Migration, legislation and the impact on real estate demand in Portugal
In this article we will not talk about internal migrations (population displacements within the country), nor in particular emigration (the departure of residents, in particular Portuguese to other countries), but we will look at legislative changes in recent years that have had an impact on immigration (entry of foreigners who pass through to residents).
A good part of these movements originate in economic and fiscal issues, while some, more residual, will have to do with the specific conditions of the country, such as security, stability (pointed out by Brazilian immigration and pensioners from European countries) and a good climate, with a reasonable cost of living.
It is important to look at the impact that legislative changes have had over the years on the attractiveness of the country for certain groups and nationalities.
So we have:
The so-called " Golden Visa" (ARI – Residence Permit for Investment Activity), launched in October 2012, where the residence visa (and eventual citizenship) depended on investment, with a focus on real estate, which attracted many investors from outside Europe, in particular Chinese (with an emphasis from a certain point on Hong Kong citizens), South Africans, Brazilians, Russians, Turks, and most recently Americans. The fact that Portugal until recently did not tax crypto-assets has also contributed to add some investors from these areas an emigration, albeit temporary. As is explained later, this legislation represented about 1000-1200 visas per year, which would not have a particular impact on the housing market (not least because we are talking about housing above 500,000 euros in many cases, in developments where the average Portuguese would not have access) and represented about 5 to 6 thousand millions of annual foreign investment, not counting what these people would spend in the country. This mechanism, in real estate terms, was practically extinguished in 2023 with the "More Housing" package.
The package called "Golden Reforms" (Non-Habitual Resident Status) that applied, among others, to retirees and professionals with a profile considered interesting, and to countries with which Portugal has double taxation agreements, aimed to attract retirees and professionals with good incomes, and that they would come to spend them in the country. Zero taxation initially applied for 10 years, increased to 10% after the protests of some countries. This legislation has attracted many pensioners as can be seen from the numbers, in particular from France, the United Kingdom and Italy, but also from the Nordic countries. In about 20 years there has been an influx (particularly in the last decade) of more than 100,000 new residents of EU countries (not counting Romania, which has a significant emigration and which would be essentially economic emigration).
The Sephardic law, passed in 2006 (amended in 2013), allows the legalization of Jews who prove to be descendants of Jews with Portuguese origin, who had been expelled in the purges of the sixteenth century and earlier, led to more than 57,000 descendants obtaining Portuguese nationality (and soon no longer included in the immigrant statistics). This law is in force until the end of 2023.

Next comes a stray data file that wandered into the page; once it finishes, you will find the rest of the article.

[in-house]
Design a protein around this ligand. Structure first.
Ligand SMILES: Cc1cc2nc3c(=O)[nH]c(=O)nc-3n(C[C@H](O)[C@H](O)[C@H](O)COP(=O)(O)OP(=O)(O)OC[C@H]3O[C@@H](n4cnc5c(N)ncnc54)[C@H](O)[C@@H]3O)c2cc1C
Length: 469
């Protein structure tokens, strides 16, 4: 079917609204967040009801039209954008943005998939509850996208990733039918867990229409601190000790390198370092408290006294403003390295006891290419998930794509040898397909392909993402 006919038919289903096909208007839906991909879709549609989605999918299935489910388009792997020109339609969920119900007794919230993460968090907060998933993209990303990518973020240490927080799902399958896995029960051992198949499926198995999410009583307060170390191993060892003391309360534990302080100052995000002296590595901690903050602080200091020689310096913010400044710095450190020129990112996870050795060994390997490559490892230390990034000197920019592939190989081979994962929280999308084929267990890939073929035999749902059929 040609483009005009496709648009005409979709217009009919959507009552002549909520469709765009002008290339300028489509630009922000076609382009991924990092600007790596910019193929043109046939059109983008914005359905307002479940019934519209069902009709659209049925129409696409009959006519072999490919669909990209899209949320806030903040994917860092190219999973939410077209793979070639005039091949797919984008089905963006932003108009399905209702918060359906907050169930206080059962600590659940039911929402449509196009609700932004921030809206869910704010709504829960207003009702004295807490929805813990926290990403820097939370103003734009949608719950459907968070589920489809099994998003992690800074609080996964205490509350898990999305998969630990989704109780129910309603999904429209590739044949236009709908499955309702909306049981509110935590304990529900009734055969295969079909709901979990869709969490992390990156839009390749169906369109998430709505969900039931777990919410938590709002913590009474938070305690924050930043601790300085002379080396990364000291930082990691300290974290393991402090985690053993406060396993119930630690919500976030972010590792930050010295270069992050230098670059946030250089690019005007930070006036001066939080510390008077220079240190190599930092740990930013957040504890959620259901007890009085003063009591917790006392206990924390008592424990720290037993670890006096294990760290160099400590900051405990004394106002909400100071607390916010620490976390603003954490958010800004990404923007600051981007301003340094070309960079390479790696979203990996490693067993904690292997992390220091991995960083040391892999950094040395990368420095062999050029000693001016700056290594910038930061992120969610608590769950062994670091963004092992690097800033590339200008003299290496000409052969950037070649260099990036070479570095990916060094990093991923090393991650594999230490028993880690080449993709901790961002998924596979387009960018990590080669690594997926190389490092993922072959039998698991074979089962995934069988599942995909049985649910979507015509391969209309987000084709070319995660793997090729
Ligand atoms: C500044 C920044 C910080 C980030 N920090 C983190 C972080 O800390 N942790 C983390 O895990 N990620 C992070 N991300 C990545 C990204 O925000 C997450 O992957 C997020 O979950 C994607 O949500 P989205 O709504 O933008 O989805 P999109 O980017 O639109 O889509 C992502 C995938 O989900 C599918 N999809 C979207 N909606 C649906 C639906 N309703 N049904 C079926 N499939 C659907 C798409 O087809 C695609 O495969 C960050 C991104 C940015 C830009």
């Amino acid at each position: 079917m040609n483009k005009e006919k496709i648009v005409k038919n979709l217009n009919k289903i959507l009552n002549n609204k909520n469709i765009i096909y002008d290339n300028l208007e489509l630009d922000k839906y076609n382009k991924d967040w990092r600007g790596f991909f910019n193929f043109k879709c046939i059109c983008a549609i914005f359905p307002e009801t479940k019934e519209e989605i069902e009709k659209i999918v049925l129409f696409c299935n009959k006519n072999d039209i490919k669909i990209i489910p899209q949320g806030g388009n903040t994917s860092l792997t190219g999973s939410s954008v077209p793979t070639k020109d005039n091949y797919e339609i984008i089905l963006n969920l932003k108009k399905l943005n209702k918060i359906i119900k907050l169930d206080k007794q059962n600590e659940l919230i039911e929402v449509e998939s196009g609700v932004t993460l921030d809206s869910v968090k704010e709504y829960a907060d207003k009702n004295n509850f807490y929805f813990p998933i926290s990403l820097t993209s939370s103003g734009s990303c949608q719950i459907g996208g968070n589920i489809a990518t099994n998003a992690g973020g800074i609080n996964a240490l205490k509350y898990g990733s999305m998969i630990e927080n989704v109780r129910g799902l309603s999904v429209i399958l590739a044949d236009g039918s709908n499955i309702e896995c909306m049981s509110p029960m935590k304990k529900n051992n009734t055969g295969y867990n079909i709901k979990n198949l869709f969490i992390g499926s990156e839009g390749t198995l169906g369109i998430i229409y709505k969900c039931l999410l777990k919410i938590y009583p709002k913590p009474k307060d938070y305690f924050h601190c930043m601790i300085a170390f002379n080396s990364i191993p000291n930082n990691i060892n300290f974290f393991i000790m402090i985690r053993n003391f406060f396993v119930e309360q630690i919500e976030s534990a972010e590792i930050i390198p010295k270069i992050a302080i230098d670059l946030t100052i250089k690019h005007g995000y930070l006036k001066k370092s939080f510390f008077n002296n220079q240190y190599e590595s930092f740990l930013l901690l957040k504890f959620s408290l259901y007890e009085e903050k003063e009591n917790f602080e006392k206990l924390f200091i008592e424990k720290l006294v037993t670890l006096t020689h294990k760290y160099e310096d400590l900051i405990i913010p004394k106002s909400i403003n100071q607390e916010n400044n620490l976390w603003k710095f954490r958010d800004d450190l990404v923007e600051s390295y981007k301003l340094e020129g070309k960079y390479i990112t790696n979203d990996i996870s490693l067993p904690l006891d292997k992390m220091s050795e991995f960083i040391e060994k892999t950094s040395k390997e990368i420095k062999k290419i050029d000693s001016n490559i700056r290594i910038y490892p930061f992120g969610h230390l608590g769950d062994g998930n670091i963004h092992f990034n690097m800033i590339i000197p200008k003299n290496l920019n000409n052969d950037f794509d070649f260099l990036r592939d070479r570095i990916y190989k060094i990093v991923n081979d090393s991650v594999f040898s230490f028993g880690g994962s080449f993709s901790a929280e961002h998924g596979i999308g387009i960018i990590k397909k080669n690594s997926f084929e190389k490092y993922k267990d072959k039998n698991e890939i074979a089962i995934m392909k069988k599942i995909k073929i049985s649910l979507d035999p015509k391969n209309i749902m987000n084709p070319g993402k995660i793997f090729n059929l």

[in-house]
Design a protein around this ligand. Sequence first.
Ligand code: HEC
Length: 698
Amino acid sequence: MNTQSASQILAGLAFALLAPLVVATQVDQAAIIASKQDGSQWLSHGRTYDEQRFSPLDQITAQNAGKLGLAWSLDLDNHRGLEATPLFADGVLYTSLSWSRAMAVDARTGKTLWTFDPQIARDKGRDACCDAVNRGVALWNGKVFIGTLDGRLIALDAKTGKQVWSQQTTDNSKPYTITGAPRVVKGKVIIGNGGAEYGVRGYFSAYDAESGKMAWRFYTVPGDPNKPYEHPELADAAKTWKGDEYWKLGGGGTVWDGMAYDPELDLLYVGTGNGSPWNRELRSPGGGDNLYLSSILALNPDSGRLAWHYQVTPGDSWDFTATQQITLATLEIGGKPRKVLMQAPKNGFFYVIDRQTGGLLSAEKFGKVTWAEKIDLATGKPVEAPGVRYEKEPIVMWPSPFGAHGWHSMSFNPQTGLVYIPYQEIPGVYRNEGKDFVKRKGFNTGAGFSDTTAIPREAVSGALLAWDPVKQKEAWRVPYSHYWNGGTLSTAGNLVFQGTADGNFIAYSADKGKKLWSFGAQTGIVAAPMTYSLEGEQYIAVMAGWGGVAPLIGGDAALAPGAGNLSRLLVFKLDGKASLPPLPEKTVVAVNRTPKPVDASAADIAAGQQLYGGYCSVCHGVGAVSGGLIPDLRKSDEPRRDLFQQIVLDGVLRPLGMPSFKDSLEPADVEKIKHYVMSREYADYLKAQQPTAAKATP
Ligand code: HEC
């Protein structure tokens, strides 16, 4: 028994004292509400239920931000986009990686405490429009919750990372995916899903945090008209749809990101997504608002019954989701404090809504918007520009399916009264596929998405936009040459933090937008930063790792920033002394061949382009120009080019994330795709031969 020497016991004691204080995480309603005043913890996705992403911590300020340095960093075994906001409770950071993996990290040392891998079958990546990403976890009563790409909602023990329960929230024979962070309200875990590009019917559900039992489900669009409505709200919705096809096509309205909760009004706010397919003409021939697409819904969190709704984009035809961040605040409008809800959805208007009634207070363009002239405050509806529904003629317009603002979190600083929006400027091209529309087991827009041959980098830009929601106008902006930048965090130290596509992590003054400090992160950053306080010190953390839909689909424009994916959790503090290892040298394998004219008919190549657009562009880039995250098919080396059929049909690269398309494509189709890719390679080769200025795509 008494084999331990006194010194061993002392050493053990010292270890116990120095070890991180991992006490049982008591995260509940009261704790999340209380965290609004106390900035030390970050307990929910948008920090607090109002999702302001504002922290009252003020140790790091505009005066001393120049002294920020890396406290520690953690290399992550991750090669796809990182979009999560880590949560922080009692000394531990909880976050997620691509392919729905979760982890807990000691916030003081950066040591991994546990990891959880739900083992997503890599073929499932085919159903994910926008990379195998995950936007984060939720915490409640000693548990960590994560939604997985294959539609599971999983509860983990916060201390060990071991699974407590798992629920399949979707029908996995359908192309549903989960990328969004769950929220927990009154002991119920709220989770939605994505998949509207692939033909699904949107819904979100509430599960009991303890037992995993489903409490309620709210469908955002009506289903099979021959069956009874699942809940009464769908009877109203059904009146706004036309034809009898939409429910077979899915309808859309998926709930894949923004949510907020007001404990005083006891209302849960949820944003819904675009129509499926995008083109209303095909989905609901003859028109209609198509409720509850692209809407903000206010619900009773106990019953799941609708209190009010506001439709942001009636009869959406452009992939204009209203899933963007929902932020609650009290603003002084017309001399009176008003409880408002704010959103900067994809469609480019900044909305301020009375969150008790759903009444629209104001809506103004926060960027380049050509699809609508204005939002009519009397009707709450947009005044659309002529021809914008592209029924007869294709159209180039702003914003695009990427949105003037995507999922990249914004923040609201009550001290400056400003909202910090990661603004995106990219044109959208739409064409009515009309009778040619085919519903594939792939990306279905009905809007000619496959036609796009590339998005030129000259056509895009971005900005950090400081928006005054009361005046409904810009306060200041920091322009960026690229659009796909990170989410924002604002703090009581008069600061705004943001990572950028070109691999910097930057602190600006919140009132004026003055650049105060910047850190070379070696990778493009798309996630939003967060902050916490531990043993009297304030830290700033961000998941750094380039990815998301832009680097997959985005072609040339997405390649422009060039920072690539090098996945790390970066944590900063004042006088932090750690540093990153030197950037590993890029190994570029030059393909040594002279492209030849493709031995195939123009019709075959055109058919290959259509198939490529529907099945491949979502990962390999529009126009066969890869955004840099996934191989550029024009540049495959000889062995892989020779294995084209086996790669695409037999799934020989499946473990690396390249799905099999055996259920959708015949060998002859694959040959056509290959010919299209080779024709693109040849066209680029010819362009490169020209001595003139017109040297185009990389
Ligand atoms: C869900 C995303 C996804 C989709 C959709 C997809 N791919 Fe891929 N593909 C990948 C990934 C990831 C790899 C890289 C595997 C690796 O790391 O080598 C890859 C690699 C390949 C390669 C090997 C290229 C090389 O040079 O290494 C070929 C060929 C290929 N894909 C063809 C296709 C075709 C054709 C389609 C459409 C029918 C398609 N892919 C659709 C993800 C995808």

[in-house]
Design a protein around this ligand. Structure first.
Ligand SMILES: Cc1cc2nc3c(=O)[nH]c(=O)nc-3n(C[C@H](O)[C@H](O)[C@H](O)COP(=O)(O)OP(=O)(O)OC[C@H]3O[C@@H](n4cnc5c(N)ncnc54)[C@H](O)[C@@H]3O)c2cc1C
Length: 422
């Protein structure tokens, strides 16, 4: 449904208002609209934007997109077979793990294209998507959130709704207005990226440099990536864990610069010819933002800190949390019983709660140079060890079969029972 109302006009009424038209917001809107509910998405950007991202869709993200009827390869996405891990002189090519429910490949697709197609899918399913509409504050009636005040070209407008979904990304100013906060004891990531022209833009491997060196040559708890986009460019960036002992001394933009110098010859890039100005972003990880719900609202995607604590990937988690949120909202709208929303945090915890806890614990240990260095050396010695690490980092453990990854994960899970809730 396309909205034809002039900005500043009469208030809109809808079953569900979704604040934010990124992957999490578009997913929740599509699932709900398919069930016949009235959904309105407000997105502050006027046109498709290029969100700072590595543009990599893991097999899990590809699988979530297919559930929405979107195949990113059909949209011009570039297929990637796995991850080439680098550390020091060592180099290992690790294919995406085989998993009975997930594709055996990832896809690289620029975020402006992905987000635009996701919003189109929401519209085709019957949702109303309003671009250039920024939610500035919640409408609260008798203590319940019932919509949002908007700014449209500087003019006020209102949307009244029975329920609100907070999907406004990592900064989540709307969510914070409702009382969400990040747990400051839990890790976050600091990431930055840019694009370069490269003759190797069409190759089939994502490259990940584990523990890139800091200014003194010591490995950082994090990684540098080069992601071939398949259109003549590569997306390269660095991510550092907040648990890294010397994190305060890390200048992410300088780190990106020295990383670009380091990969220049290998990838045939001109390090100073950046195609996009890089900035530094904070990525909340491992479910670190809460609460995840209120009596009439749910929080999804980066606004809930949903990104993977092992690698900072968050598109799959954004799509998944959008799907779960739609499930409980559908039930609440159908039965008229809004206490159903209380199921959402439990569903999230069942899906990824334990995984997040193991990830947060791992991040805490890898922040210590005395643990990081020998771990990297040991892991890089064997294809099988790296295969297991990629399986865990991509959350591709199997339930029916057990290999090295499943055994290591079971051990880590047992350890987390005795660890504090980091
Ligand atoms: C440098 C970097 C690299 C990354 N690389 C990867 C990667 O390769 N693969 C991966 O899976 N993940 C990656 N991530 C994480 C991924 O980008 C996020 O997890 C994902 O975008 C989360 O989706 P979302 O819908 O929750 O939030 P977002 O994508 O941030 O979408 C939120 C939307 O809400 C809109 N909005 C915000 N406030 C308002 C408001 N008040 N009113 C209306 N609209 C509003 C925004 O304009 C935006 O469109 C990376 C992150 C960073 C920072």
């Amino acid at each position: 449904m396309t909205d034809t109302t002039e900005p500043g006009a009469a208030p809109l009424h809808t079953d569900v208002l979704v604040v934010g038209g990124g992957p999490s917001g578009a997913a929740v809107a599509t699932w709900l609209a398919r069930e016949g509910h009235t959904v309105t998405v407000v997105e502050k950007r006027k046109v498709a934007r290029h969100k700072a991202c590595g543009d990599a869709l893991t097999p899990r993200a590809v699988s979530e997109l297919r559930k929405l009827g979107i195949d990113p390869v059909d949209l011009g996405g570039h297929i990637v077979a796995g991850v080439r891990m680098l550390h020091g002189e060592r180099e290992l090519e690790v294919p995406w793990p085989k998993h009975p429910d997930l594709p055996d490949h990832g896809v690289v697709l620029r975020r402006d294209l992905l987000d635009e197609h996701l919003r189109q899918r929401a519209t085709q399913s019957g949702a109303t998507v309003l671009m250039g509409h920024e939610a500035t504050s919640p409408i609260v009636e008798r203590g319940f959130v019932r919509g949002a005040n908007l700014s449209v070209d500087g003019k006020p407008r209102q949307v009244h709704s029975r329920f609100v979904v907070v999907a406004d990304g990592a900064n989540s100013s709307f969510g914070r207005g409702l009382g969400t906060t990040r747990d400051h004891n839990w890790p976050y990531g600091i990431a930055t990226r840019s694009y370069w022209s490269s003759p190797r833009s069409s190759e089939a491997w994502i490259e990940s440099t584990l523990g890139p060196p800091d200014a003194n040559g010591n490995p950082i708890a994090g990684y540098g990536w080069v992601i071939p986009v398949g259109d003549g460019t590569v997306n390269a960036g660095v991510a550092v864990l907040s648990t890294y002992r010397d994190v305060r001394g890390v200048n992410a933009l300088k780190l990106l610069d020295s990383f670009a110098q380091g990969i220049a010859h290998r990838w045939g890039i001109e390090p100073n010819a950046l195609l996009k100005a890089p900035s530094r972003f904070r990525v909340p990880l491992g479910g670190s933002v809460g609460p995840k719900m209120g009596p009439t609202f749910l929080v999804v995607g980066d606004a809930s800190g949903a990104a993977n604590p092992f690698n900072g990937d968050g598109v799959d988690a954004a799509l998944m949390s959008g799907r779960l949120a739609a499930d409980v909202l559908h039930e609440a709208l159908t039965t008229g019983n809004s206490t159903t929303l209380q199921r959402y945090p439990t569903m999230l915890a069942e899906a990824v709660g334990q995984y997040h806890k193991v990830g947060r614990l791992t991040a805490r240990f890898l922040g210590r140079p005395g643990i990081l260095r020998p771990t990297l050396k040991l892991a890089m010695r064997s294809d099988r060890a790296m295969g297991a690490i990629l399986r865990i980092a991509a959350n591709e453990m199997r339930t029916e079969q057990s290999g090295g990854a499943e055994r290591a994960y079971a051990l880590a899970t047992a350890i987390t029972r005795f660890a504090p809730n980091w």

An amendment to the Foreigners Law in 2017 in the Assembly of the Republic, which simplifies obtaining a resident visa, led to the legalization of many illegal immigrants who were working and deducting for social security in Portugal, and the creation of mechanisms, not always transparent, to bring migrants from countries, namely the Indian subcontinent (India, Bangladesh, Nepal, etc.), as can be seen in the sudden increase in immigration from these regions from that year.
The law of obtaining citizenship, in particular through the proof of ascendants of Portuguese origin, has led many citizens, in particular from Brazil, to apply for Portuguese citizenship, failing to integrate immigration statistics from a certain moment.
Contrary to what happens with the Portuguese population that has a negative natural balance (Births-Deaths) since practically 2007, in the case of the migratory balance (Emigration-Immigration), it is clearly positive (with the exception of the crisis years 2011-2016).
Considering the balance between the two, we find that the population increased by about 130,000 people in the years 2019-2022. However, it is important to remember that the balance of inflows-outs of emigrants (2017-2022) was about 323 thousand, whose distribution in the country was not uniform (unlike births-deaths, proportional to the existing population in each place), which necessarily has an impact on real estate demand, particularly in the areas where these emigrants are concentrated.
In addition to this phenomenon, in 2022 we had the beginning of the Russian-Ukrainian war, which led to about 56,000 refugees arriving in Portugal under refugee status by June 2023. This represents enormous pressure, particularly in the rental market, particularly in large cities, where they are mostly concentrated. In addition to Ukrainian refugees, there was also the arrival of a wave of Russian immigrants fleeing the war (about 12,000 entries in 2022, and rising at the end of the year with the declaration of mobilization). Many young professionals working remotely. A good part of these immigrants have the financial capacity to pay higher rents and end up "drying up" the supply market, which was no longer very abundant.
Naturally, these figures presuppose a pressure on demand in areas such as Lisbon and the Tagus Valley, Setúbal, Algarve, Alentejo Coast, Porto, among others.
We will analyze in more detail some of the origin of this pressure on the demand for real estate, in future articles, with some more numbers, and discuss in particular, internal migrations.